BACKGROUND - Few studies have described patterns of transmission of viral acute respiratory infections (ARI) in children in developing countries. We examined the spatial and temporal spread of viral ARI among young children in rural Peruvian highland communities. Previous studies have described intense social interactions in those communities, which could influence the transmission of viral infections.
METHODS - We enrolled and followed children <3 years of age for detection of ARI during the 2009 to 2011 respiratory seasons in a rural setting with relatively wide geographic dispersion of households and communities. Viruses detected included influenza, respiratory syncytial virus (RSV), human metapneumovirus and parainfluenza 2 and 3 viruses (PIV2, PIV3). We used geospatial analyses to identify specific viral infection hot spots with high ARI incidence. We also explored the local spread of ARI from index cases using standard deviational ellipses.
RESULTS - Geospatial analyses revealed hot spots of high ARI incidence around the index cases of influenza outbreaks and RSV outbreak in 2010. Although PIV3 in 2009 and PIV2 in 2010 showed distinct spatial hot spots, clustering was not in proximity to their respective index cases. No significant aggregation around index cases was noted for other viruses. Standard deviational ellipse analyses suggested that influenza B and RSV in 2010, and human metapneumovirus in 2011 spread temporally in alignment with the major road network.
CONCLUSIONS - Despite the geographic dispersion of communities in this rural setting, we observed a rapid spread of viral ARI among young children. Influenza strains and RSV in 2010 had distinctive outbreaks arising from their index cases.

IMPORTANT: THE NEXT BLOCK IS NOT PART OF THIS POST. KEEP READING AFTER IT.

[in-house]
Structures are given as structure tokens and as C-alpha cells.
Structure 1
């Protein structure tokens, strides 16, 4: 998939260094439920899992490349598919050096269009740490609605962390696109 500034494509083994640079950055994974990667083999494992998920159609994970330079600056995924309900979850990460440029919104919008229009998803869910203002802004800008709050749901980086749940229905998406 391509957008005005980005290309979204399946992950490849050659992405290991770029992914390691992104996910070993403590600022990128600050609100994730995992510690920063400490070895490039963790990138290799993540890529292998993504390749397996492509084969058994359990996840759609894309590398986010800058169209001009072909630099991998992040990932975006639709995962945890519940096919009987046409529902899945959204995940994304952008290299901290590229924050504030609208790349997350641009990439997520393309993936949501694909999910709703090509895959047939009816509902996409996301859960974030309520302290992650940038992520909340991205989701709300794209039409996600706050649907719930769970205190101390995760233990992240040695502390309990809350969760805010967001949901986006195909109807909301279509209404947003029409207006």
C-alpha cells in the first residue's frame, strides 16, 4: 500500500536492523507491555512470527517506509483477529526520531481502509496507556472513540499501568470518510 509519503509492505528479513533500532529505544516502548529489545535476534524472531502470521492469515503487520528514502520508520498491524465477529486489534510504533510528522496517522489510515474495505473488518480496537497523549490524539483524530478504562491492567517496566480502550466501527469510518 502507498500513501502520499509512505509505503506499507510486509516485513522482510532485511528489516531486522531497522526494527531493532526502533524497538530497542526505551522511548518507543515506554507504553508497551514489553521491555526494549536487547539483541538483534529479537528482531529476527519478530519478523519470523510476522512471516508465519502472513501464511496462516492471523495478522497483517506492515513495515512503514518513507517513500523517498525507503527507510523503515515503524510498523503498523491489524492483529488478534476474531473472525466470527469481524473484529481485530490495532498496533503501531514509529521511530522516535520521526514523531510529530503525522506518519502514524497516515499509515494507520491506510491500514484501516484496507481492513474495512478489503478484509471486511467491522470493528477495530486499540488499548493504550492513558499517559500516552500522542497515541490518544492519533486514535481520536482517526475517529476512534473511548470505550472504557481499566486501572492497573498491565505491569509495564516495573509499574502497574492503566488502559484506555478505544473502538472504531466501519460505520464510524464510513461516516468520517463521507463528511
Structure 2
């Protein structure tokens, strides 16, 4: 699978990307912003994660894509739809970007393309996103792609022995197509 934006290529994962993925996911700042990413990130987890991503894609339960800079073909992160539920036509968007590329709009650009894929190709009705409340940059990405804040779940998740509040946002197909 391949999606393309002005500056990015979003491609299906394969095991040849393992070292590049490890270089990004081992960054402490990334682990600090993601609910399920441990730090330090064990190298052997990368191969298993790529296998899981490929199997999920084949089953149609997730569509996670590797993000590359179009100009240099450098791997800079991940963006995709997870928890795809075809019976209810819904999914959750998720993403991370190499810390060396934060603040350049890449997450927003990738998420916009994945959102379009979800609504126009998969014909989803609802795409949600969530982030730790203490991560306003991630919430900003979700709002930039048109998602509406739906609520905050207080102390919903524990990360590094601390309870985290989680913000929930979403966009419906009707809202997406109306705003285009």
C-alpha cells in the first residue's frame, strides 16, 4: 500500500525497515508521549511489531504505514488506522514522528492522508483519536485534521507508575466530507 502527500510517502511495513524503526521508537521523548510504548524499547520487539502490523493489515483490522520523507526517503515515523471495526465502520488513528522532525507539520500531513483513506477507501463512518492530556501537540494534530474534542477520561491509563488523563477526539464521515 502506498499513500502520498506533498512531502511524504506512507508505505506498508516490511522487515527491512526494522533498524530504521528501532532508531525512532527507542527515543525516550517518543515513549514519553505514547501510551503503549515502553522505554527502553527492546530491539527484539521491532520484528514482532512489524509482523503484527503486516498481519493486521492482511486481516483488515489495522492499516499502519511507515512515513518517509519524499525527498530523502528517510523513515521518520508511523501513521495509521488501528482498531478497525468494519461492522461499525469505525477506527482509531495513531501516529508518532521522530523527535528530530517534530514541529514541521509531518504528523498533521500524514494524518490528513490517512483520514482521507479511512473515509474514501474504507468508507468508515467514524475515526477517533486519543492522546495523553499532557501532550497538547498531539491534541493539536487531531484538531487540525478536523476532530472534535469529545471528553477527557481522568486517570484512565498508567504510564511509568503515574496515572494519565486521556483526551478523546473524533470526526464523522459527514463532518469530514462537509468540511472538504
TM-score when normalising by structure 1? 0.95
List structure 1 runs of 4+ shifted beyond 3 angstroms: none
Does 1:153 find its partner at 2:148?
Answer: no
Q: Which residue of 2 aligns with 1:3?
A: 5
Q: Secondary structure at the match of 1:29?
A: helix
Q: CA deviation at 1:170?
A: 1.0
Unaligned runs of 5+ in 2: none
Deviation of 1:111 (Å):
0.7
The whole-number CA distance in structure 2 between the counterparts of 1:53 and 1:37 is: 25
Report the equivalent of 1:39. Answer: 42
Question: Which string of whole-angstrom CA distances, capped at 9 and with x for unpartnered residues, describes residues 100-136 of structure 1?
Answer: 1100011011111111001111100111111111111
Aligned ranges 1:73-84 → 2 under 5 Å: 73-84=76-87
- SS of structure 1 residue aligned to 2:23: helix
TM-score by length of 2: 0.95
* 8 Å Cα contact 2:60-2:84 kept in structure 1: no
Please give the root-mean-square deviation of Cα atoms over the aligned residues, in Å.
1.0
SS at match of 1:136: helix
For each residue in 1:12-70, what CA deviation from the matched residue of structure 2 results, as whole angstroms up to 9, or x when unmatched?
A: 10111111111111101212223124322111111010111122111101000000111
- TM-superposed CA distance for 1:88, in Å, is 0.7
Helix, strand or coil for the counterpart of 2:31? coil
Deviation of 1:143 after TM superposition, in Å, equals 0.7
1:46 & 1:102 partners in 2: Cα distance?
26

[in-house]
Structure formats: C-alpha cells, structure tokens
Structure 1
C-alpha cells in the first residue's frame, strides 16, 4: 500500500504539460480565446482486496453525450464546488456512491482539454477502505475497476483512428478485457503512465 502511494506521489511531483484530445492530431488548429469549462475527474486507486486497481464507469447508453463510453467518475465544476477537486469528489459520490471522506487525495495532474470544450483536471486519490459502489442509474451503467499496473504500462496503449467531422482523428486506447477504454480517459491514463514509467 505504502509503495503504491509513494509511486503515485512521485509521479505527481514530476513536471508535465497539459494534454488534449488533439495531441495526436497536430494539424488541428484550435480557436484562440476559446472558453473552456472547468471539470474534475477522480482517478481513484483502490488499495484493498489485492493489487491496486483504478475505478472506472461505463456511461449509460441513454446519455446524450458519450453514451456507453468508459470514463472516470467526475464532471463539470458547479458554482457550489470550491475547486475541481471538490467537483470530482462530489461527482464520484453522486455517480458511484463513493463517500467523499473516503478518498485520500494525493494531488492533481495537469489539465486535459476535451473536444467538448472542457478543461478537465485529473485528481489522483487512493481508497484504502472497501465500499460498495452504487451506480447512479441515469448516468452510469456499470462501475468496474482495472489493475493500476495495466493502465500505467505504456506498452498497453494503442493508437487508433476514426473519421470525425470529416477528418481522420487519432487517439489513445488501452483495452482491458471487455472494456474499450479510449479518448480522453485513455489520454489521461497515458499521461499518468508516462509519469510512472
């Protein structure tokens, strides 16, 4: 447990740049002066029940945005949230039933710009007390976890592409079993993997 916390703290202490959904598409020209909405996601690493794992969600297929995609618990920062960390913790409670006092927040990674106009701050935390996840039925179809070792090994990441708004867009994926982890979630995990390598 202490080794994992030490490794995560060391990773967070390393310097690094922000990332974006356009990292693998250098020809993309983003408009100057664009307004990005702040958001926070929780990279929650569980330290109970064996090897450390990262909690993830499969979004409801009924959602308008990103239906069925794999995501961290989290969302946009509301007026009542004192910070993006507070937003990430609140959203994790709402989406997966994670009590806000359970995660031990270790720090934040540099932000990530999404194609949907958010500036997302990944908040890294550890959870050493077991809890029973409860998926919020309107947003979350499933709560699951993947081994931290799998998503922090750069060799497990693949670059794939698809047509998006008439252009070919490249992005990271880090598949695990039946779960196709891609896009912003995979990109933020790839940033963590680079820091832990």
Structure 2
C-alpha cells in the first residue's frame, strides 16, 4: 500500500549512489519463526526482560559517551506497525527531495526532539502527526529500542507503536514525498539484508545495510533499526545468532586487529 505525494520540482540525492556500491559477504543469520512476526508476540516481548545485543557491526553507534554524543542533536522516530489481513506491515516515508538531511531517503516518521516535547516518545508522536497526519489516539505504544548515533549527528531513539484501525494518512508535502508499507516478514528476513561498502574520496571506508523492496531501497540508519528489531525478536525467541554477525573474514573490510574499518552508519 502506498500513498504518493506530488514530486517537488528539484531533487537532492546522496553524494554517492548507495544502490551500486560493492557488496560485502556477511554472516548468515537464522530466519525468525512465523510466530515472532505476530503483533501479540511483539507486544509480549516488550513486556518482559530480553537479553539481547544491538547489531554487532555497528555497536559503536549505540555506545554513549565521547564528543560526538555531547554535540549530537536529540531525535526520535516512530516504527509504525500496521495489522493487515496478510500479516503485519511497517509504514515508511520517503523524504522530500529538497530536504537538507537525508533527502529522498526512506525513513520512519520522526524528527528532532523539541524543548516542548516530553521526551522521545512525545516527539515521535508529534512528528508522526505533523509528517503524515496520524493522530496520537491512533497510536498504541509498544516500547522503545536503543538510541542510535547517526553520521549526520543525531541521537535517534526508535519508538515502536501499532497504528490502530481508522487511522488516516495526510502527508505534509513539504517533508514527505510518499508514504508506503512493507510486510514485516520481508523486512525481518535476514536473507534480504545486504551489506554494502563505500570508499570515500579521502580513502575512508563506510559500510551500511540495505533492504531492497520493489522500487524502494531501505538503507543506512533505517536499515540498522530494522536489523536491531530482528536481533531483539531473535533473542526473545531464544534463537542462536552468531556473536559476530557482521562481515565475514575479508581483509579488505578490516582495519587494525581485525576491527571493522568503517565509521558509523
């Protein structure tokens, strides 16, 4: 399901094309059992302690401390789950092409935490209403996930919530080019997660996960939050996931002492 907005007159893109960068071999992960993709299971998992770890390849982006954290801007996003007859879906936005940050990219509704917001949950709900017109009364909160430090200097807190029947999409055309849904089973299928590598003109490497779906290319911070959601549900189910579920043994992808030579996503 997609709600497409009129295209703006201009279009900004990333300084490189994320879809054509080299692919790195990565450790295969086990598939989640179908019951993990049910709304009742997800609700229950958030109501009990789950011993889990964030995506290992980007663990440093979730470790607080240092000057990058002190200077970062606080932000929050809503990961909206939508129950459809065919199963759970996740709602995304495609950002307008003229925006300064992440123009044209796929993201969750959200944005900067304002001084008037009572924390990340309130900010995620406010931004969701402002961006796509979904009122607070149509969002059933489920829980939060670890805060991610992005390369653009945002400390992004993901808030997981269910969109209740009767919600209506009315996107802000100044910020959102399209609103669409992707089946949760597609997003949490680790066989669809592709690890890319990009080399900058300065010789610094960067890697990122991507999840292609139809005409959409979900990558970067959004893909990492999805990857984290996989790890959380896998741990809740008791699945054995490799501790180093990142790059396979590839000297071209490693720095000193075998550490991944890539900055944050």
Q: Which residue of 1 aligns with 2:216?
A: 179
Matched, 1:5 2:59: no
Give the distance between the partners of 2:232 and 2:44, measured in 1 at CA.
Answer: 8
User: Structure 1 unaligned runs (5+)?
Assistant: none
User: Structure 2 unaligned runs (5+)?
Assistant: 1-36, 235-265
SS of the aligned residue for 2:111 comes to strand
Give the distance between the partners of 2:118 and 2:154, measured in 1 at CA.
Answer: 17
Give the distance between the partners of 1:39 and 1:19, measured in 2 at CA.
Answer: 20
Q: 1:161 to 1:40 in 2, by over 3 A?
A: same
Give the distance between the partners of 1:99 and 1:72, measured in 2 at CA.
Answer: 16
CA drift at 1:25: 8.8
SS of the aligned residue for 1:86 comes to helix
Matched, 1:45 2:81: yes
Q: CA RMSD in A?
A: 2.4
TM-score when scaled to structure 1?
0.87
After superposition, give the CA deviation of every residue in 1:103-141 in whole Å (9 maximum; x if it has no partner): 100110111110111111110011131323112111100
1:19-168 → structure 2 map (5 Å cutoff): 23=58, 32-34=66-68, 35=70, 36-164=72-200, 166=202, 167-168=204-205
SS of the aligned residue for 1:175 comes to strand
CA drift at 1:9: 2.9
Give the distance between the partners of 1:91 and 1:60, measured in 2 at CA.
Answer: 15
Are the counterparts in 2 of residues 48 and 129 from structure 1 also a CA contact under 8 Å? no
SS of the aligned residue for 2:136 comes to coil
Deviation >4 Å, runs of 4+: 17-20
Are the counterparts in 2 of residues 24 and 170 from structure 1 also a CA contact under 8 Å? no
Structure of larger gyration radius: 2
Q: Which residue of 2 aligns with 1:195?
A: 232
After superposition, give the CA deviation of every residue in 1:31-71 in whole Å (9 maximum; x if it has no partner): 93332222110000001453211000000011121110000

Acute viral infections typically generate functional effector CD8(+) T cells (TCD8) that aid in pathogen clearance. However, during acute viral lower respiratory infection, lung TCD8 are functionally impaired and do not optimally control viral replication. T cells also become unresponsive to Ag during chronic infections and cancer via signaling by inhibitory receptors such as programmed cell death-1 (PD-1). PD-1 also contributes to TCD8 impairment during viral lower respiratory infection, but how it regulates TCD8 impairment and the connection between this state and T cell exhaustion during chronic infections are unknown. In this study, we show that PD-1 operates in a cell-intrinsic manner to impair lung TCD8. In light of this, we compared global gene expression profiles of impaired epitope-specific lung TCD8 to functional spleen TCD8 in the same human metapneumovirus-infected mice. These two populations differentially regulate hundreds of genes, including the upregulation of numerous inhibitory receptors by lung TCD8. We then compared the gene expression of TCD8 during human metapneumovirus infection to those in acute or chronic lymphocytic choriomeningitis virus infection. We find that the immunophenotype of lung TCD8 more closely resembles T cell exhaustion late into chronic infection than do functional effector T cells arising early in acute infection. Finally, we demonstrate that trafficking to the infected lung alone is insufficient for TCD8 impairment or inhibitory receptor upregulation, but that viral Ag-induced TCR signaling is also required. Our results indicate that viral Ag in infected lungs rapidly induces an exhaustion-like state in lung TCD8 characterized by progressive functional impairment and upregulation of numerous inhibitory receptors.
Copyright © 2015 by The American Association of Immunologists, Inc.